is against the law. usu- ally to relieve incurable suffering. Overview Euthanasia On February 11. The euthanasia of a person in a coma with permanent brain damage is an example of invol- 6 . in which death is caused with- out a patient’s clear understanding and agreement. however—as in most parts of the United States and the world—even if a person desires it. For example. According to police captain Steve Durkin. mercy killing. Yet despite the law. or euthanasia.” and it is generally understood as taking deliberate action to end a life. and he had reportedly expressed the desire to end his life. It can also be involuntary. was charged with a felony for assisting in his death. many critics believe euthanasia is the best option for some people.”1 Yourshaw had been terminally ill and in pain. Euthanasia can be voluntary. particularly those who are terminally ill and in severe pain like Yourshaw. “She told me that her father wanted to die and she gave him the morphine. His daughter Barbara Mancini. Others insist that allowing euthanasia is un- ethical and will lead to a multitude of problems in society. In Pennsylvania. a terminally ill cancer patient who is in great pain might ask a doctor to administer a lethal dose of medication in order to end his or her suffering. in which the person dying is mentally competent and has requested death. Deliberately Ending a Life The word euthanasia comes from the Greek for “the good death. ninety-three-year-old Joseph Yourshaw of Penn- sylvania died in his home after swallowing an unusually large amount of morphine (a drug used to relieve pain that can also cause death in large doses). who had been with him at the time. 2013.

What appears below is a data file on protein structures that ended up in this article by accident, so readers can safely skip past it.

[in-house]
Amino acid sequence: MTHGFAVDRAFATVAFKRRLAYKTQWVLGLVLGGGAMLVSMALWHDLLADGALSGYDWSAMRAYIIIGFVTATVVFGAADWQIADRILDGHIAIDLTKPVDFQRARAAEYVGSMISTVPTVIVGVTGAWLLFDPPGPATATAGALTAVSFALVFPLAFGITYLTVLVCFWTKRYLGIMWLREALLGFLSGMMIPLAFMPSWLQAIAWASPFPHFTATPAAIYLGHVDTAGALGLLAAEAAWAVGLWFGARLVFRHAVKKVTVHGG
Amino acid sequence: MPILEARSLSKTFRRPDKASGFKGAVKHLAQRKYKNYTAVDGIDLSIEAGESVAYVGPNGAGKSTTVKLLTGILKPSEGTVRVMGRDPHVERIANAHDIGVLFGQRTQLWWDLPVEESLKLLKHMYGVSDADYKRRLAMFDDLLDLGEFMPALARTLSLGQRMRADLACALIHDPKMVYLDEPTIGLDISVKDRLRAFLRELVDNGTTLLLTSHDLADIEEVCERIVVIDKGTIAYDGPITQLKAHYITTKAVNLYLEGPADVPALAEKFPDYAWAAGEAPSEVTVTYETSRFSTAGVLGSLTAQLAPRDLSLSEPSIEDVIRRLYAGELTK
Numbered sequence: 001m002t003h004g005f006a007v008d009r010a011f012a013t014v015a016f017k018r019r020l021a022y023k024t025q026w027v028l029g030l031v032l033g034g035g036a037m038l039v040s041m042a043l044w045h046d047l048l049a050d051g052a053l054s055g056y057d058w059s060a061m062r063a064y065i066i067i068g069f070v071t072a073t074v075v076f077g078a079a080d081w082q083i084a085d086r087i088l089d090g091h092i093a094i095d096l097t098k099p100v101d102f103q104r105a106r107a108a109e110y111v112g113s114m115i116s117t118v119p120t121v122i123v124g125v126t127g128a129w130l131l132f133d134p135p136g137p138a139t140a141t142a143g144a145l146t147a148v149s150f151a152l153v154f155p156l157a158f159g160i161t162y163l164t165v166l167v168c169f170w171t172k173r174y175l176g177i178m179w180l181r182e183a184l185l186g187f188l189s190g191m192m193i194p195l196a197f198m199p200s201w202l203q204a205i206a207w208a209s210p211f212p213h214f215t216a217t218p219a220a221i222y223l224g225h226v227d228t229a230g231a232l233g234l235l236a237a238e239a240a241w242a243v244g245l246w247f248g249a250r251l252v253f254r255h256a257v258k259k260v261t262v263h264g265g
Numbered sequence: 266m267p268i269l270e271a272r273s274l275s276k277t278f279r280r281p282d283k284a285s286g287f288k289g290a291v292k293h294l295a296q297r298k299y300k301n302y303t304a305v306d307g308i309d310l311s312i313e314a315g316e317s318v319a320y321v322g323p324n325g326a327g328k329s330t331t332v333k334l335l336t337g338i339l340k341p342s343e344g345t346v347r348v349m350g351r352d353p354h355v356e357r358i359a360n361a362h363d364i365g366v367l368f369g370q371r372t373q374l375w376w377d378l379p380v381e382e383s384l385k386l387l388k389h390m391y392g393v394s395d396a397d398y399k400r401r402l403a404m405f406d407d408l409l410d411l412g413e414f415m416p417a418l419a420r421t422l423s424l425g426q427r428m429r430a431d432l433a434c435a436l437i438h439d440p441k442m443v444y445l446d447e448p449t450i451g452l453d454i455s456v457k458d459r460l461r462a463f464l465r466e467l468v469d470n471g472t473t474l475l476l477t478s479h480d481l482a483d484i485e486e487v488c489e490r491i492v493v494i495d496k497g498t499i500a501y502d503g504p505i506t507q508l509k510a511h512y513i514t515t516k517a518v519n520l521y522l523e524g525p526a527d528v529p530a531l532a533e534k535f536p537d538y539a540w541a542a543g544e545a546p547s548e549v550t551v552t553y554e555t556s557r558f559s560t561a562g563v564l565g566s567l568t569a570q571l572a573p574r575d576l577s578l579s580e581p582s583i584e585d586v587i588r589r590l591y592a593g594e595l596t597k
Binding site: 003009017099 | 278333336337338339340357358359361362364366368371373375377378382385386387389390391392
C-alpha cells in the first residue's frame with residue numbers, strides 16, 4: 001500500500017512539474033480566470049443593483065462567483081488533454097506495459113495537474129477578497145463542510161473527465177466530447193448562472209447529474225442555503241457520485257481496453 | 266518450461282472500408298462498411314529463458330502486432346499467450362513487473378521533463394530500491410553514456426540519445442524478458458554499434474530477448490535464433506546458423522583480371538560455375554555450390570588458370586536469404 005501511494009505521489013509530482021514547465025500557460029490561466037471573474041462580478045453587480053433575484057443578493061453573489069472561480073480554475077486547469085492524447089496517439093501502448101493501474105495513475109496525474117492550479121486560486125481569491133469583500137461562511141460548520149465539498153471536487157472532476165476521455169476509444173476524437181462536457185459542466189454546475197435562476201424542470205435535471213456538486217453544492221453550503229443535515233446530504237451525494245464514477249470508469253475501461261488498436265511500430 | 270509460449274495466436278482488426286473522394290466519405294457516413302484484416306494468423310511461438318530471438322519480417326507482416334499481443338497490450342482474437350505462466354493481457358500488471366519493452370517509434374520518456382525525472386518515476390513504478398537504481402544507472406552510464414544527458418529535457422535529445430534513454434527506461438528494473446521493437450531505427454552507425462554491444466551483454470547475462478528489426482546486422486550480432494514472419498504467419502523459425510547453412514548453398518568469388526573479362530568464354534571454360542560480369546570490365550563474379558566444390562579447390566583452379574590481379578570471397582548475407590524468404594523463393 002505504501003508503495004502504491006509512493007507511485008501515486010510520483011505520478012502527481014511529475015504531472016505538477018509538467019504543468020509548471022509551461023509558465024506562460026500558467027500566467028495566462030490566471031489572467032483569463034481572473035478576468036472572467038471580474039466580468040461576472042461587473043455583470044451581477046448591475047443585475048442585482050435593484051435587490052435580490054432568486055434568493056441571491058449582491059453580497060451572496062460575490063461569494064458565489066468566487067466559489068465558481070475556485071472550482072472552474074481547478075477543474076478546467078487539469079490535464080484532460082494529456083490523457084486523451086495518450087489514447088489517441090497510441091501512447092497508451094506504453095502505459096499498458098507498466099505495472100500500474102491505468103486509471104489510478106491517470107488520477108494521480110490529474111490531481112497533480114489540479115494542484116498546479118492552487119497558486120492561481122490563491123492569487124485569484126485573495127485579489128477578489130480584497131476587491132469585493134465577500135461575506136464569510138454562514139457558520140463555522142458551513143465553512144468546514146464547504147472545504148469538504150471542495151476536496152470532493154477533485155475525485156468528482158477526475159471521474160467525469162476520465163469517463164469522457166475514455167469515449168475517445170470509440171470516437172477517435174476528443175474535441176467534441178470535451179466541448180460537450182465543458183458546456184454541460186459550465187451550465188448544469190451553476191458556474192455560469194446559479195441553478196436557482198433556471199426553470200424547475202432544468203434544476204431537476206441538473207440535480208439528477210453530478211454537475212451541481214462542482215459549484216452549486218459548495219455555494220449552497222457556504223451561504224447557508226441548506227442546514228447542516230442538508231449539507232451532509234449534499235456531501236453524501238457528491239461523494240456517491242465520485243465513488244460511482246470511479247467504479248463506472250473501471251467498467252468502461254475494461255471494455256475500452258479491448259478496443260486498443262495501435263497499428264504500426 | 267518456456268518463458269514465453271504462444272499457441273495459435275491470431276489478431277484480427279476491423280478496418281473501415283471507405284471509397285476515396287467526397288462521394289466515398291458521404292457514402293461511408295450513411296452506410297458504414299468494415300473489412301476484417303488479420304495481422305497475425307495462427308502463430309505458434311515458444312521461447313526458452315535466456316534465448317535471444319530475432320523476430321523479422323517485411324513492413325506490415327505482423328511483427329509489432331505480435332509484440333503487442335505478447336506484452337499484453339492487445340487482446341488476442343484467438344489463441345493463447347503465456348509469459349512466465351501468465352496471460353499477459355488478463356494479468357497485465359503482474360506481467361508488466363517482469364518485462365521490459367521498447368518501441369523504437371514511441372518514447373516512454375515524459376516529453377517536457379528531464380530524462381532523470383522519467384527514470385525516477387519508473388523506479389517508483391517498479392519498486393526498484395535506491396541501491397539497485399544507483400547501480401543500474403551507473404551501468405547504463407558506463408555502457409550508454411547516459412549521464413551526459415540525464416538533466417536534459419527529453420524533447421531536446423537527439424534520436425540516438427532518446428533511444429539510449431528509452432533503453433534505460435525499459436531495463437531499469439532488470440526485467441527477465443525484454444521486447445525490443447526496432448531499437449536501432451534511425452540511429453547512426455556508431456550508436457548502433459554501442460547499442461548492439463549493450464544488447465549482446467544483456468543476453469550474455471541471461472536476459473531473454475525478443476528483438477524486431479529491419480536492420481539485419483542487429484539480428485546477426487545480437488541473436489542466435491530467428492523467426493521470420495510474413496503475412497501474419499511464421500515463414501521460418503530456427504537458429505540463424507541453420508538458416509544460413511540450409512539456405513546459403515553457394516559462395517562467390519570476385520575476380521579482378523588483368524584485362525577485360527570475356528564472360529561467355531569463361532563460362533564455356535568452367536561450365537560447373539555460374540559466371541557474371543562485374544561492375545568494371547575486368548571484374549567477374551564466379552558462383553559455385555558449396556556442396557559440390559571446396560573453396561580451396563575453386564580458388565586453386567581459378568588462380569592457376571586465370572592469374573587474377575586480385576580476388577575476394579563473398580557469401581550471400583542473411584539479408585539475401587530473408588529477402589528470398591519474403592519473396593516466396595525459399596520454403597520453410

Their fear is that once euthanasia is made 10 .to protect life and breaks a basic rule of society that prohibits killing an- other person. or that the person dying be a Swiss national. they would rather end their lives before they reach the point where that happens. and Colombia. Two US states report that a majority of their euthanasia cases also involve people with cancer. some foreigners travel there for assisted suicide when they are unable to receive it in their own country. meaning that they no longer have control over their lives. and assisted suicide is allowed in Switzerland. they may be hooked up to life support and unable to even express their own wishes about their care. many terminally ill people end up unable to bathe themselves or even use the bathroom without help. In Switzerland the law does not require that the assisted suicide be performed by a medical doctor. The Netherlands Ministry of Foreign Affairs reports that patients with terminal cancer account for almost 90 percent of euthanasia cases. Surveys of those people choosing euthanasia or assisted suicide also show that a large percentage are concerned with losing their autonomy and dignity. euthanasia is the subject of intense debate and legally is allowed in only a few locations. In the United States PAS is legally allowed in Oregon. Belgium. Of euthanasia deaths that occurred in Oregon in 2012. Luxembourg. Why Do People Oppose Euthanasia? One of the main reasons people oppose euthanasia is the threat of some- thing called the slippery slope. Euthanasia is legal in the Netherlands. the Oregon Public Health Division reported that 75. Belgium. Why Do People Choose Euthanasia? Official records show that most people who choose euthanasia or assisted suicide have terminal cancer.3 percent of the people had cancer. and Switzerland are the only places that allow for euthanasia of people who are not terminally ill. For example. Thus. Washington. All locations require that euthanasia cases be reported to a com- mittee or other official body for review. In more serious cases. In Washington the percentage was 73. the Netherlands. Montana. Thus. and Ver- mont. and they feel that this threatens their dignity.